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8/9/2000 edition

Irrelevant Form Lines

Many strong punters I talk to all agree on one point.
If you have done your form correctly and like a horse, the form around it, believe it or not is irrelevant.

I can understand if you say that is ridiculous. After all, punters have been so conditioned by the media to look for those form lines. That is of course also how the "media experts" make their selections. However if you are doing sports betting and having a bet on the football you don't reason: Western Bulldogs beat Essendon, Melbourne beat Western Bulldogs so Melbourne will beat Essendon. So why do something like that with horses?

If the horse won its last race these strong punters take no special notice of how the horses it beat went after that race. If it ran a close second or third they take no notice of how the horse/s that beat it went after the race. As far as they are concerned they examine the merits of the horse's run by looking at its race, taking into account factors like video replays, weight carried, sectional times, run in the race, track bias etc.

If the horse that beat it last start is running earlier in the day, unless they have money on it, they hope the horse will flop because they know punters will turn off their chosen horse later in the day and they will get a better price.
Interesting, isn't it?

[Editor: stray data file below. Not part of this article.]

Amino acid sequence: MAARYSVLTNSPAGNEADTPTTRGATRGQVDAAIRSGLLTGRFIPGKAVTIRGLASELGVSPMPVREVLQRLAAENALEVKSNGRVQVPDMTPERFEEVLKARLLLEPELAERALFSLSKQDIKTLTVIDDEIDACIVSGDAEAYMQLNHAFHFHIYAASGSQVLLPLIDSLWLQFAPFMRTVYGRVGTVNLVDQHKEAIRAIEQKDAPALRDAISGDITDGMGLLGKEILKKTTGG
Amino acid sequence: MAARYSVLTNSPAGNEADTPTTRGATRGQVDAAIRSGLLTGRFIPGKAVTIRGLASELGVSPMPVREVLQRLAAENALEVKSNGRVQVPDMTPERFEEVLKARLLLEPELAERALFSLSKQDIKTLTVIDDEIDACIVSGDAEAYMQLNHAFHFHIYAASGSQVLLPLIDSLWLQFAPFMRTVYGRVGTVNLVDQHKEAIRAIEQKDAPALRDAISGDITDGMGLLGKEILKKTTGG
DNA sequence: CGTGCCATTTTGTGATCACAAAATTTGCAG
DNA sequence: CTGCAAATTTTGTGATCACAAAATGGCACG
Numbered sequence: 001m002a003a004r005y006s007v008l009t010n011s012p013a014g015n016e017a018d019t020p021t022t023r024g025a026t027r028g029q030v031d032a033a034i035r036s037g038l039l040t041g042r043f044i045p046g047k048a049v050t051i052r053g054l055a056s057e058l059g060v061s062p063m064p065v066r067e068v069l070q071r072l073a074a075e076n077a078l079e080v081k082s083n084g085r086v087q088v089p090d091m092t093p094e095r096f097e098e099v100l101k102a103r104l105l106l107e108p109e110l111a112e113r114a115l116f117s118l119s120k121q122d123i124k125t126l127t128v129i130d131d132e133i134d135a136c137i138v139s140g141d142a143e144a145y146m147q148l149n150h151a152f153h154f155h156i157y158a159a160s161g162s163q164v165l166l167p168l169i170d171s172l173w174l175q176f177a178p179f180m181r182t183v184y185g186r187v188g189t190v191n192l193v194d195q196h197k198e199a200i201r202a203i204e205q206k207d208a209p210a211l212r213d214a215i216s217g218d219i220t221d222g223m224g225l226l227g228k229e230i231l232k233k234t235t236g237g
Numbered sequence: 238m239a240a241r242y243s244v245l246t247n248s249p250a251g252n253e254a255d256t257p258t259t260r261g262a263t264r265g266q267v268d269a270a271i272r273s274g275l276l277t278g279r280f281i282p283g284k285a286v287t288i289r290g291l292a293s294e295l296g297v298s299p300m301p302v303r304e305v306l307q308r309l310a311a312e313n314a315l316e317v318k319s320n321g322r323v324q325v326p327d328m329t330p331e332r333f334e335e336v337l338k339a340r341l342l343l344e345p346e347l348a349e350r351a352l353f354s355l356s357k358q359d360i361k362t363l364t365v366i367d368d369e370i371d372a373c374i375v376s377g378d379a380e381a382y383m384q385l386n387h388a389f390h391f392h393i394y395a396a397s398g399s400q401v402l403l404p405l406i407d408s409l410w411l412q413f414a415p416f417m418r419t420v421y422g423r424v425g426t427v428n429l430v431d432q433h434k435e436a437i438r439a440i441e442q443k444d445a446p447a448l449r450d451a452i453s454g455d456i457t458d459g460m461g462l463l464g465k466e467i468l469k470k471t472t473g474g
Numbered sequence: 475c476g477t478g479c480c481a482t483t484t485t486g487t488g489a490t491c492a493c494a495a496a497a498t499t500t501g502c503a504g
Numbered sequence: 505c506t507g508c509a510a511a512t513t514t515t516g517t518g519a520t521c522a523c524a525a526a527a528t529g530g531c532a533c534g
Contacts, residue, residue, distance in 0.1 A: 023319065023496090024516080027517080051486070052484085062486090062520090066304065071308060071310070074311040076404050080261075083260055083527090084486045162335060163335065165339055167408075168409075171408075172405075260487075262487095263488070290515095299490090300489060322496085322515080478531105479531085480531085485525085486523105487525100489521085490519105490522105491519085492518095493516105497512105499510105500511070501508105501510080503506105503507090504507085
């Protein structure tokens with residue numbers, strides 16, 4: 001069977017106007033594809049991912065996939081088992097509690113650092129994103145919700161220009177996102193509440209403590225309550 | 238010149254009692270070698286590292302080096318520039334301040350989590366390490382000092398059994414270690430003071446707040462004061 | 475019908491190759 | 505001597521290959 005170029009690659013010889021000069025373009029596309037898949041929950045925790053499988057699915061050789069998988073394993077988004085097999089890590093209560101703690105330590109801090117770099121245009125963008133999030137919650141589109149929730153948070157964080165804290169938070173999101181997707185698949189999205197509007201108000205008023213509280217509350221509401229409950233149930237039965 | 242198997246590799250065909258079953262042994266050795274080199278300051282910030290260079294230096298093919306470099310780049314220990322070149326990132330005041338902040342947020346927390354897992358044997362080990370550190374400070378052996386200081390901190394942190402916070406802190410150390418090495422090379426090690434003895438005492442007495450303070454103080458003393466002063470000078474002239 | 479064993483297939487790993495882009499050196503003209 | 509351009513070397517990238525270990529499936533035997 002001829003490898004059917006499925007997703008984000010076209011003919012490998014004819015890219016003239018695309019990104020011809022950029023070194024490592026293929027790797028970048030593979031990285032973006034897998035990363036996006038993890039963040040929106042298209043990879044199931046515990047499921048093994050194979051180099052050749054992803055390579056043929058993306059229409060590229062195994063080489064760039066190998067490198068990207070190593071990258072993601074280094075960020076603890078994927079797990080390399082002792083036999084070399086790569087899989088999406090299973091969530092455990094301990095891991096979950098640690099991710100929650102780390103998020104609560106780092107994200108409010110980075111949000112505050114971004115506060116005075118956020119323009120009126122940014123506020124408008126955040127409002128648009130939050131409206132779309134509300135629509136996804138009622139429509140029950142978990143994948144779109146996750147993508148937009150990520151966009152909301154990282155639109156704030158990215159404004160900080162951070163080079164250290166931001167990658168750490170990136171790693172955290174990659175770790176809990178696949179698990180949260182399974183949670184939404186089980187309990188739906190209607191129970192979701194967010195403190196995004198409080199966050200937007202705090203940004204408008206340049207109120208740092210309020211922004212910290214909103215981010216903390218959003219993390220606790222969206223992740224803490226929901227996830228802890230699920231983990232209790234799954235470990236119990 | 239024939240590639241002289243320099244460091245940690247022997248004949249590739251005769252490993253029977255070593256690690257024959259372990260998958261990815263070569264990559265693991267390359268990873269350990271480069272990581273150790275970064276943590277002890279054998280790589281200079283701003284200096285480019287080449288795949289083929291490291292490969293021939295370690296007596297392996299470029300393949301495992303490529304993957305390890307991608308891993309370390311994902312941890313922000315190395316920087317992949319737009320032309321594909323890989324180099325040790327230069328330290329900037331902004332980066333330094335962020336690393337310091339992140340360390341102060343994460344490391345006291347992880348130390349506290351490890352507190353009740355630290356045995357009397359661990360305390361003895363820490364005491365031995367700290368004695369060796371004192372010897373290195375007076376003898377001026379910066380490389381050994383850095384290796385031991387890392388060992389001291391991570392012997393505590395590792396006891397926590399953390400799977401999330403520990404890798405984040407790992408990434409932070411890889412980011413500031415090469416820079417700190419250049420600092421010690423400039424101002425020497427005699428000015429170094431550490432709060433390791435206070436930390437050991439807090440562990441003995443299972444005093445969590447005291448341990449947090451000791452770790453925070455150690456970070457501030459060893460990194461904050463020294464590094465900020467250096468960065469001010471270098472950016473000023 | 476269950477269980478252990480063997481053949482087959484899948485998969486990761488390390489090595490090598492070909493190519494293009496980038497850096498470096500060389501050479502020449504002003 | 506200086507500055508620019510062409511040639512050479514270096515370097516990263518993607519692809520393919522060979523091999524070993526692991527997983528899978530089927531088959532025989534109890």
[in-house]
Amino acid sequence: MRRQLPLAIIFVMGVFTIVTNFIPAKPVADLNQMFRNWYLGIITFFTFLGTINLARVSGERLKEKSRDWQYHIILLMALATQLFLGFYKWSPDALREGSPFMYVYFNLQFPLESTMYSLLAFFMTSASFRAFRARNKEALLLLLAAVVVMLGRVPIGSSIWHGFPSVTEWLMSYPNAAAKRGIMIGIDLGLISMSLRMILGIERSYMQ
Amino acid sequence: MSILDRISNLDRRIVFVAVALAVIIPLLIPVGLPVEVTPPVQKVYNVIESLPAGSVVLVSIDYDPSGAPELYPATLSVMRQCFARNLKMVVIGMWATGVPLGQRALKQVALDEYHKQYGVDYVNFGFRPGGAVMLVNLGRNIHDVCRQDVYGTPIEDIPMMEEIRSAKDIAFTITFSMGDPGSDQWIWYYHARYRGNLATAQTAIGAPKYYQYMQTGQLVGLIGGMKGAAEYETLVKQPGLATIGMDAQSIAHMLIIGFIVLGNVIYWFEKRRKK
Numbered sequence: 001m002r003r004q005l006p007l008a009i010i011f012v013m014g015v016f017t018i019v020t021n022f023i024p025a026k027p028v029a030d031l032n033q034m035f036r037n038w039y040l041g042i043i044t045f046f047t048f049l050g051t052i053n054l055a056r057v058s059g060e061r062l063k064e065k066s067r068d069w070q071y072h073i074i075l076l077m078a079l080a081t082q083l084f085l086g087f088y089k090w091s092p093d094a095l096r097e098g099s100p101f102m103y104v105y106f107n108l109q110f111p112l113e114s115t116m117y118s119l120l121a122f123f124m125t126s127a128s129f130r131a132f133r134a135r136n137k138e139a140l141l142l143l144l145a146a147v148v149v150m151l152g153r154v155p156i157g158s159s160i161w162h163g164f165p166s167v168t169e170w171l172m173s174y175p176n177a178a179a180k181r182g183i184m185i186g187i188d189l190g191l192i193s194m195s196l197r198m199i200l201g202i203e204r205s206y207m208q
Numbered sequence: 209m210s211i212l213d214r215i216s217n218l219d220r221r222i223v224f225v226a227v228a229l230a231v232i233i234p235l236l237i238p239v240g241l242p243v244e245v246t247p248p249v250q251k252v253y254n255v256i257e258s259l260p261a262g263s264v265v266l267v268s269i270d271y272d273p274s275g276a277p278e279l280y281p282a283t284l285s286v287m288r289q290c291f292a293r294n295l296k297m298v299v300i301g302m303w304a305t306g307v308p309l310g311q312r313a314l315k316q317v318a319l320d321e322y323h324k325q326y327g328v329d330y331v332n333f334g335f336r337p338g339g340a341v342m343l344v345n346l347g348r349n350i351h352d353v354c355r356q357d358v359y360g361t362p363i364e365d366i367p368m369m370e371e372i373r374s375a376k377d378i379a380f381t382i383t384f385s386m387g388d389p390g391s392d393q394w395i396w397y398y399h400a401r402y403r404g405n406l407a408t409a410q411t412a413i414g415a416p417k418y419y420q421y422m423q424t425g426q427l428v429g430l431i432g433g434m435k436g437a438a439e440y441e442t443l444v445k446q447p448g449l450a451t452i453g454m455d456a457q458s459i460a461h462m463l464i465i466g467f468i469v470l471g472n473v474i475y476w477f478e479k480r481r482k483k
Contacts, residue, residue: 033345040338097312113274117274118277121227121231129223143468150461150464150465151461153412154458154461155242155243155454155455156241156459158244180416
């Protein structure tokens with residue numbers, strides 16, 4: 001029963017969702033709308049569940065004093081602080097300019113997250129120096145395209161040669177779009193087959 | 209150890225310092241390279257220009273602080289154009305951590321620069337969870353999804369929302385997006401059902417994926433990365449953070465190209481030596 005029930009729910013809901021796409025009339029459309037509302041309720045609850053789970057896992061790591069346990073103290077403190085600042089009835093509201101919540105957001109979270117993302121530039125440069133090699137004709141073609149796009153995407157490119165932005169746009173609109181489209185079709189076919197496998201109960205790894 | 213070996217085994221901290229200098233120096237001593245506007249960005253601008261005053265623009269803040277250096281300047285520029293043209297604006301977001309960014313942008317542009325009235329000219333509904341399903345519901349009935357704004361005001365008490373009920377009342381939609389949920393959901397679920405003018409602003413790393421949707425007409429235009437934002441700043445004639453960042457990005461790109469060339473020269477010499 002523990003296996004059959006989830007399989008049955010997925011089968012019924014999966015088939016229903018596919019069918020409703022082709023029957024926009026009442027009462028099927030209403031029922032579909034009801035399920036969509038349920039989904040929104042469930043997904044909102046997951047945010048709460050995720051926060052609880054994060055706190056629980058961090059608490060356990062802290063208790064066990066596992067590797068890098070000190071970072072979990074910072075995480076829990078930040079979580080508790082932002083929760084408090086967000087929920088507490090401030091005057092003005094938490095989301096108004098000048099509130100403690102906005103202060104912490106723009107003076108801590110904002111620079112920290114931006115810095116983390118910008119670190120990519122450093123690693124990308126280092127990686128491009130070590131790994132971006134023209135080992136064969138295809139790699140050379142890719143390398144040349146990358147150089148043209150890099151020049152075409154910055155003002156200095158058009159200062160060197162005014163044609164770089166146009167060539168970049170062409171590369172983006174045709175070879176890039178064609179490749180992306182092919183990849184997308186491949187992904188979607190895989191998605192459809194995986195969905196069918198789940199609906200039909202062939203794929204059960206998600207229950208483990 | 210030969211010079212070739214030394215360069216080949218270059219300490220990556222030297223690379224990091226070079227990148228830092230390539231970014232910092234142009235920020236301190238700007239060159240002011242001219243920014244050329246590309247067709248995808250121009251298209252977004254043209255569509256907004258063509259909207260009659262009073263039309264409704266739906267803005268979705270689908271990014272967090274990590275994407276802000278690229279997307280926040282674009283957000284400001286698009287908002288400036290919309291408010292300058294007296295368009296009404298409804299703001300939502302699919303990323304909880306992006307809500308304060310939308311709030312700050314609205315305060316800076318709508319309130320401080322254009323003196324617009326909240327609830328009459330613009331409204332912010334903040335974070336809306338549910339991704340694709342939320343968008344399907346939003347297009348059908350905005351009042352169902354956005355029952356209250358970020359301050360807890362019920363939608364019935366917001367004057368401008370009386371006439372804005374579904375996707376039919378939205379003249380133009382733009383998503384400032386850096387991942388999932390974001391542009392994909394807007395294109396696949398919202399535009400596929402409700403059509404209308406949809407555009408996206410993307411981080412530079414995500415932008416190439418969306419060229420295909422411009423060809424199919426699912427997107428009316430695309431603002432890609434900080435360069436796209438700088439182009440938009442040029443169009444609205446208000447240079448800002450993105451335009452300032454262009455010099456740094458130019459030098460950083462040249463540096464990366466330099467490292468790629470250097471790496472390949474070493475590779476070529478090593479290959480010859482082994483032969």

Remember, to win at racing you can't take the same approach as most punters, or like them, you will lose.


Place Your Bet

Four favourites started odds on at Rosehill last Saturday. Two of them won starting at 4/5 on.

Al Mansour 9/10 on finished third. On Super Tab place punters collected a paltry 1/10 on place dividend - a 10 cents win for every dollar bet. That's why the tote makes a substantial profit on place betting, unlike the each way bookies. If the correct tote payout was $1.19 it was also rounded down to $1.10, effectively wiping out nearly 50% of punters' potential winnings.

Zariz
at 4/11 on finished third in a field of six, so it didn't even pay for the place.
Melbourne's Sunday Herald Sun reported that Brian York, Zariz's jockey was "stunned" after the race and blamed the other jockeys for the horse's defeat.

"The others (jockeys) seemed more interested in trying to get him beaten. Sure, he was a little fractious in the barriers and didn't jump that well, but he picked up the lost ground quickly and was going to settle in behind the leaders when they virtually pulled up in his face. Zariz began to over-race a little, so I decided to let him whip around them three deep and then the leaders quickened again."

Those supposed "good things" lose when least expected in small fields. The reason being that the other jockeys seem to make the run in the race much more difficult for them. It's much easier to focus on one horse in a field of six than in a field of 12.

To occasionally take odds on about a horse is like putting your head in a hot oven. You are tempting fate. To regularly take odds on is like putting your head in a hot oven and closing the door. 

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